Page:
the woods. I thought they were too near entirely; we could not see what the enemy were doing on the heights, and of course, that was all to our disadvantage.
Question. When did this conversation take place between you and Colonel Miles?
Answer. In the evening, about 8 o'clock; on Friday, I think.
Question. The day before the abandonment of Maryland Heights?
Answer. Yes, sir. At that time I did not know whether it was on Friday or Saturday; but I know now from the dates I have of it.
By the JUDGE-ADVOCATE:
Question. What is your judgment as to the practicability of escape the night previous to the surrender of Harper's Ferry?
Answer. Well, sir, in my view - it my not be of much account; still, I give it - I think it would have been almost impossible to have got the infantry force and artillery out of Harper's Ferry; that is, clear of the enemy; it would have been an utter impossibility; but it might have been practicable to have got that force over on the Maryland side, but they would then have been under a very severe attack of the enemy. There would have been a great many men slaughtered, and I think they would have been, perhaps, compelled to have surrendered there. There was no preparation made on the Maryland side, or on the Loudoun side, to resist an attack. The enemy had all the advantage; they had the woods there for their cover, which should not have been. Colonel Miles had three months to fortify that place, and clear the timber off, but he did not do it.
Question. Made no preparation at all for defense?
Answer. The only preparation made for defense was done, I think, by order of General Saxton, and the work was under the superintendence of some other captain there; I do not recollect his name. It consisted of a face and two bastions, and then a line of earthworks, which did not amount to much, in fact to nothing at all, for they were never used except on the enemy on Loudoun.
By General WHITE:
Question. Where were those masks?
Answer. On Camp Hill. They were of no account. The enemy had complete command of that place; they could fire right down there. In fact, while the engagement was going on by the artillery between Camp Hill battery, which was under command of Captain Graham, and the Loudoun side, and also from the Maryland side, Campaign Graham had to move his guns very often. They had complete command of the place. The rebel officers there said we killed a number of their men upon the Loudoun side with our 24-ponder howitzers and some of our 20-pounder Parrott guns. Whether it was so or not, of course I am not able to say. That was their acknowledgment, any how. After opening fire from Loudoun Heights on that battery of Captain Graham, they turned their guns, and fired down into the cavalry one shell that scattered.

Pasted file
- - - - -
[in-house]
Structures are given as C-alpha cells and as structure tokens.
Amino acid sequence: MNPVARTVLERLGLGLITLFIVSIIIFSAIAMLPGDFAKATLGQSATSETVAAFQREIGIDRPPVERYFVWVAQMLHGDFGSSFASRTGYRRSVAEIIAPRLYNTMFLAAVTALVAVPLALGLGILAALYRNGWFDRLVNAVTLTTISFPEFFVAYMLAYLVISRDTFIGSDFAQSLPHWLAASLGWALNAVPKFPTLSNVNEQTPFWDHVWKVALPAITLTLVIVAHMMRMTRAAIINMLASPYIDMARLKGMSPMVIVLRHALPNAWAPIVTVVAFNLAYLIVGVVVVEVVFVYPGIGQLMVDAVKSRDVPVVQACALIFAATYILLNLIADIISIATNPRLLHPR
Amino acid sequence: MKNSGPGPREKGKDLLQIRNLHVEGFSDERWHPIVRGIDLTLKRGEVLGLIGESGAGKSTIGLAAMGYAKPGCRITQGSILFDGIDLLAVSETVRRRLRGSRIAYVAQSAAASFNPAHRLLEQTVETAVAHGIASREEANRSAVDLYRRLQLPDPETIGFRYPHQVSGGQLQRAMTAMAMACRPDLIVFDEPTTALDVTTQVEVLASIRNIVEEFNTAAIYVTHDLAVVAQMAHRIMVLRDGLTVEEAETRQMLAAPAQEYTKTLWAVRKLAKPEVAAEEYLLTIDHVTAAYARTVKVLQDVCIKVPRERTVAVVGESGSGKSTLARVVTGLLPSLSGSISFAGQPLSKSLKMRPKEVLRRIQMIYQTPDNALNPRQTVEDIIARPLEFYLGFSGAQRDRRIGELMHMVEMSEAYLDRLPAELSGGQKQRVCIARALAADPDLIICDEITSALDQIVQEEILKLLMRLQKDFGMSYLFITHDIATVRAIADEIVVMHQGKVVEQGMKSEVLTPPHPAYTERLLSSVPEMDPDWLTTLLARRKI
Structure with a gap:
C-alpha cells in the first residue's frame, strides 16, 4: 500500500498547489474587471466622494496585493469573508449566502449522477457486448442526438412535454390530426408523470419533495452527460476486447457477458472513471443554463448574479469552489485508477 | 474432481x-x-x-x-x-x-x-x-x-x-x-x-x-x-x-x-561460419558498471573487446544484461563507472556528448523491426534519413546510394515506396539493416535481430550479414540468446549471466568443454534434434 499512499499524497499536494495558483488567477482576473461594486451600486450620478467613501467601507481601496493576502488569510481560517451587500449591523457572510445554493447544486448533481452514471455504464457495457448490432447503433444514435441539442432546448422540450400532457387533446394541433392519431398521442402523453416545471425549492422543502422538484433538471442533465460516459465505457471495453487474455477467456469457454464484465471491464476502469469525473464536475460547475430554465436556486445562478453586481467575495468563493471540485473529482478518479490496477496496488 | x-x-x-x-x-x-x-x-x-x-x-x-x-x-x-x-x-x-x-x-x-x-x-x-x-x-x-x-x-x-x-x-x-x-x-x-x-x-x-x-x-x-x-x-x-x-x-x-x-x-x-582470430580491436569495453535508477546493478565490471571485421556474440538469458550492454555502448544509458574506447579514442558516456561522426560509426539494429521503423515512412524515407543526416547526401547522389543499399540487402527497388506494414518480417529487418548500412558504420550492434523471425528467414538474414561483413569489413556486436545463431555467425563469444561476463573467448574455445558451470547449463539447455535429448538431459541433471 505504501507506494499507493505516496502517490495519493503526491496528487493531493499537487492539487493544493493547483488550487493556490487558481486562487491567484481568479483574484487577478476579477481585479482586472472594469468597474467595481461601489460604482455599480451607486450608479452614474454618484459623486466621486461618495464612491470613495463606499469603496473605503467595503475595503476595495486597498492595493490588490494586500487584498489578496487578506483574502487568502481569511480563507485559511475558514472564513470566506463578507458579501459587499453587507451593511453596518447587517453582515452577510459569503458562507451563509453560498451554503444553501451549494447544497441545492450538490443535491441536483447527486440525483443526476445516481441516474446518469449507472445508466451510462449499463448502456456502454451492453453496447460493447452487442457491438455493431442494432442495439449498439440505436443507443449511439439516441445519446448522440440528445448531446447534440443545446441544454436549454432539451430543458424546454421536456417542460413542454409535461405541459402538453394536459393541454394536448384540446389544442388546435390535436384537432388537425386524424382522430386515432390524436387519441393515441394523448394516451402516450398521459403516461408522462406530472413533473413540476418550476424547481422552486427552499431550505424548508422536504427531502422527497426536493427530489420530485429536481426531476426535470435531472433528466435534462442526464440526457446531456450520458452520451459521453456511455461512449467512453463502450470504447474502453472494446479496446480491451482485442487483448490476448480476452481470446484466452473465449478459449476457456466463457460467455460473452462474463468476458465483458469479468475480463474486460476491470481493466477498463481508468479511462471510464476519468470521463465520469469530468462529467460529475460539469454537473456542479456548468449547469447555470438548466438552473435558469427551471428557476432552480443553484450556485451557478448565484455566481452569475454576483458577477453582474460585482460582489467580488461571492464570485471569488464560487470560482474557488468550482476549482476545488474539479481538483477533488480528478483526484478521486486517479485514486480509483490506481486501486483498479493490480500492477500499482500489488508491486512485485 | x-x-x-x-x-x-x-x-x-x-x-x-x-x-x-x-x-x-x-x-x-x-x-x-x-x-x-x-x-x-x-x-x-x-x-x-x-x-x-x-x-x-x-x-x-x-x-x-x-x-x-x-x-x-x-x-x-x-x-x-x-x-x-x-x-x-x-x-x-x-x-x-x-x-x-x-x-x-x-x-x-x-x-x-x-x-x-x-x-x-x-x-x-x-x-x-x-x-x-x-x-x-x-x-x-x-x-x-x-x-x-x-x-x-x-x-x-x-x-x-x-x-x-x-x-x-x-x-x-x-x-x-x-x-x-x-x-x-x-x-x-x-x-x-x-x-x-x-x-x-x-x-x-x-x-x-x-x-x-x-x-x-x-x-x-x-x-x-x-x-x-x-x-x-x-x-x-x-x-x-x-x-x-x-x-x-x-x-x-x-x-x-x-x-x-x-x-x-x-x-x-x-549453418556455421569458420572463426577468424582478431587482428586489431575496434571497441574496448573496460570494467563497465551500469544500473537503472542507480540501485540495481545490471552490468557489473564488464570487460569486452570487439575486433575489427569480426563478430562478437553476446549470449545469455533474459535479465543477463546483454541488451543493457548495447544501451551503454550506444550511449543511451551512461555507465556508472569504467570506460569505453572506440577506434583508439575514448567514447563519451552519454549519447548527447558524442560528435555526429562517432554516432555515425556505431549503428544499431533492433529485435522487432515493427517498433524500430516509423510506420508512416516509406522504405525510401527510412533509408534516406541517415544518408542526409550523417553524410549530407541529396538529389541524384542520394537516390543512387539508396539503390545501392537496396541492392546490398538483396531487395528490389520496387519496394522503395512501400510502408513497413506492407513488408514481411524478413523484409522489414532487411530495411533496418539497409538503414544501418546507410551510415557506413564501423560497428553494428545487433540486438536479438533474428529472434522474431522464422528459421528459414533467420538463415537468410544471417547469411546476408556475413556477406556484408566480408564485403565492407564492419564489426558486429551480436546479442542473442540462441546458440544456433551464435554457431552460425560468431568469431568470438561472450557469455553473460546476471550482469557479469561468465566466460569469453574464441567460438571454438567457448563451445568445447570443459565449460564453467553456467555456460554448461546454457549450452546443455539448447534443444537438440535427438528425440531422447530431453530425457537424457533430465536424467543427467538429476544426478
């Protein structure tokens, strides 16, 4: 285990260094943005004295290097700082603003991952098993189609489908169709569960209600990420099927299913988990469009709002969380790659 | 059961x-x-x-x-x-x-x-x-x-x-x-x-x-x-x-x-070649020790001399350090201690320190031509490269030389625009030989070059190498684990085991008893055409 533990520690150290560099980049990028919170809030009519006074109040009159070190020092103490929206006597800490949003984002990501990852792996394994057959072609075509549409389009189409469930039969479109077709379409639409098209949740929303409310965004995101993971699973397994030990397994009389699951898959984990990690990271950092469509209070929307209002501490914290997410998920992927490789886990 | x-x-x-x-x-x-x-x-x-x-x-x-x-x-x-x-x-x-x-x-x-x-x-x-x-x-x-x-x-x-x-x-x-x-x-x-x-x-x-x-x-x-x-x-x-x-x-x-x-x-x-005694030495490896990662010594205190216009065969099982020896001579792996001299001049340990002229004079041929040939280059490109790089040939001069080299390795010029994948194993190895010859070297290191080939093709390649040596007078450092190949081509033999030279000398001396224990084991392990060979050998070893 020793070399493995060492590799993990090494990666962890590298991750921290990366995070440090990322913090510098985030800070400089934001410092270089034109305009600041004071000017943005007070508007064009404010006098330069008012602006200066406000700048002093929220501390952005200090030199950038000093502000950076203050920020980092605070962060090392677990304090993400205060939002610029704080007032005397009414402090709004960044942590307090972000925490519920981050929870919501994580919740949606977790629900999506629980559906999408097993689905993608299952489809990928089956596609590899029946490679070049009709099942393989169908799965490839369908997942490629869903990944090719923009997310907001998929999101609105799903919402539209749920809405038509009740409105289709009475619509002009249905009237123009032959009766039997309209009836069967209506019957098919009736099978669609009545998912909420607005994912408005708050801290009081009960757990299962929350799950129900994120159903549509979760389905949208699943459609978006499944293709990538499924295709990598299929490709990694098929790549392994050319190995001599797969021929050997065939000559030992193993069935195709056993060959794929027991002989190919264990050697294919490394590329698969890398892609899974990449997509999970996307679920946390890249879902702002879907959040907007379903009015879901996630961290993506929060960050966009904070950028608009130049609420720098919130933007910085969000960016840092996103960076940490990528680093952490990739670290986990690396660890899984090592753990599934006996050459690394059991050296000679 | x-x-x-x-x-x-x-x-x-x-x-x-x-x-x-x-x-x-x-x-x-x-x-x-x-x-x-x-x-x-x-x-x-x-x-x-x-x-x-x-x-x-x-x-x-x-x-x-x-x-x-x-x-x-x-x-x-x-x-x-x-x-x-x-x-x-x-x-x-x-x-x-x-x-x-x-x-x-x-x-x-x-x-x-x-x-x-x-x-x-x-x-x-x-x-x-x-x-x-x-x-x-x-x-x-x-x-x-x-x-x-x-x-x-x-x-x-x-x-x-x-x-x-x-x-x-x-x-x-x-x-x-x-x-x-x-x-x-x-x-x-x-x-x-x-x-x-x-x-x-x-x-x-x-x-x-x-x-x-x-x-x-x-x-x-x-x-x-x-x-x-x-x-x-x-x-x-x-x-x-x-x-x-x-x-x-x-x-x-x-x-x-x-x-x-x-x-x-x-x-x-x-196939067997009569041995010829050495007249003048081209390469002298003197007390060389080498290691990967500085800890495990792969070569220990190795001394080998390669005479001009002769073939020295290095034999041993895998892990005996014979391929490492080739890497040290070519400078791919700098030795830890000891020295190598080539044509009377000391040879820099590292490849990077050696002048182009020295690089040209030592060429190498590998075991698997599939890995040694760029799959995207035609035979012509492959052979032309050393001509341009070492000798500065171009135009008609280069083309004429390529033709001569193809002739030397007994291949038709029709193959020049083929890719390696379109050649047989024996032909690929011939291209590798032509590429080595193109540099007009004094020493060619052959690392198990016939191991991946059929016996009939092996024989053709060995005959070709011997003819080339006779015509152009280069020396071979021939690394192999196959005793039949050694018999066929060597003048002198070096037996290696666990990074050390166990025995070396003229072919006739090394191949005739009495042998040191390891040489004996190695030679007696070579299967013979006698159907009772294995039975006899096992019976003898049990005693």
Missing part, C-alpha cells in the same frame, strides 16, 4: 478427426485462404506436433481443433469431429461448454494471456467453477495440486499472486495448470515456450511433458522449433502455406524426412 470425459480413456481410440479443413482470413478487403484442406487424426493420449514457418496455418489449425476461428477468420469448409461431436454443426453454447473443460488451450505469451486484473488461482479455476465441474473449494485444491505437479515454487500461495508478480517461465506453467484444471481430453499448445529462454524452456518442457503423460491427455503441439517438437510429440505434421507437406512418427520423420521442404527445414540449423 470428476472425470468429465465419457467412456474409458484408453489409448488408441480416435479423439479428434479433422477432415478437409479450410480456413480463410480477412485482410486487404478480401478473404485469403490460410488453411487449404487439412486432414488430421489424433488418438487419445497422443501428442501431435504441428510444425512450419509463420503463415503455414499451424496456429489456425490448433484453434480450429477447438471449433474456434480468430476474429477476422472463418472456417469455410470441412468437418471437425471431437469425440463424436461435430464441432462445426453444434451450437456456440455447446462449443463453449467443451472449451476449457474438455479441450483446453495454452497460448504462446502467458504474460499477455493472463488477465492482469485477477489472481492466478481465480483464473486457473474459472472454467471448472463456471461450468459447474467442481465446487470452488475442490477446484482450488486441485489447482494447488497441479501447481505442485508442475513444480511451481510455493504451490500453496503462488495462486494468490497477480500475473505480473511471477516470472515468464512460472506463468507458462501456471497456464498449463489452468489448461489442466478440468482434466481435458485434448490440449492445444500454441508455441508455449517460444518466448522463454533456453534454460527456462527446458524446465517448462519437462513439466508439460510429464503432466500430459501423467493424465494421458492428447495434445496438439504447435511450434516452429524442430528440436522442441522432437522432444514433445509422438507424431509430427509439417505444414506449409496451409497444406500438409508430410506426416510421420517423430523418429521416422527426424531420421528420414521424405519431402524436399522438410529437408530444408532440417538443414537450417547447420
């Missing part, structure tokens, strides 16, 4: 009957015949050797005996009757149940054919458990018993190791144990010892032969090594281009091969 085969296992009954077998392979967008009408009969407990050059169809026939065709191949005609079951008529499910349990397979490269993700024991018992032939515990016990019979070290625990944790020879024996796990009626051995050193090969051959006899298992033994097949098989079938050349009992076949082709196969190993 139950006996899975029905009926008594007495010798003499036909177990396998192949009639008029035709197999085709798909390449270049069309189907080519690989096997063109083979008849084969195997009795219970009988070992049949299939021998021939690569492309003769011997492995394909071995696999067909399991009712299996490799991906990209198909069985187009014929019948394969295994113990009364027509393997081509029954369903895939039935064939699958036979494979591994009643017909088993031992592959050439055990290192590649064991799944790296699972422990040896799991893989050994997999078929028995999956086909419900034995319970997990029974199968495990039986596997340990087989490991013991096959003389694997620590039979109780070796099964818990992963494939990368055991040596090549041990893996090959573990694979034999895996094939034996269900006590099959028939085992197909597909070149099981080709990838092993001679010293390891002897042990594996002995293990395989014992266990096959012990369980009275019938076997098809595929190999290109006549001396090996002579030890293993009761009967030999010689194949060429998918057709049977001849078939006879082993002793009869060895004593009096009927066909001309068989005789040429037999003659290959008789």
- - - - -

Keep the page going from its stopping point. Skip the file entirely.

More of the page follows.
By the COURT:
Question. Do you confine yourself to the question?
Answer. That is for you to say.
By the JUDGE-ADVOCATE:
Question. What number of horses do you suppose remained after the cavalry escaped from Harper's Ferry?
Answer. There were 13 horses of mounted men - 1 man was wounded, I thing - returned over the pontoon bridge, and a sergeant, or perhaps one of the corporals, came up while I was in the room with Colonel Miles, and stated that 13 men had returned, and there was 1 wounded and 1 killed.
Question. Was there not a large number of spare horses and artillery horses there?
Answer. There were those 13 horses, and there were some 26 besides, perhaps, that remained on the ground.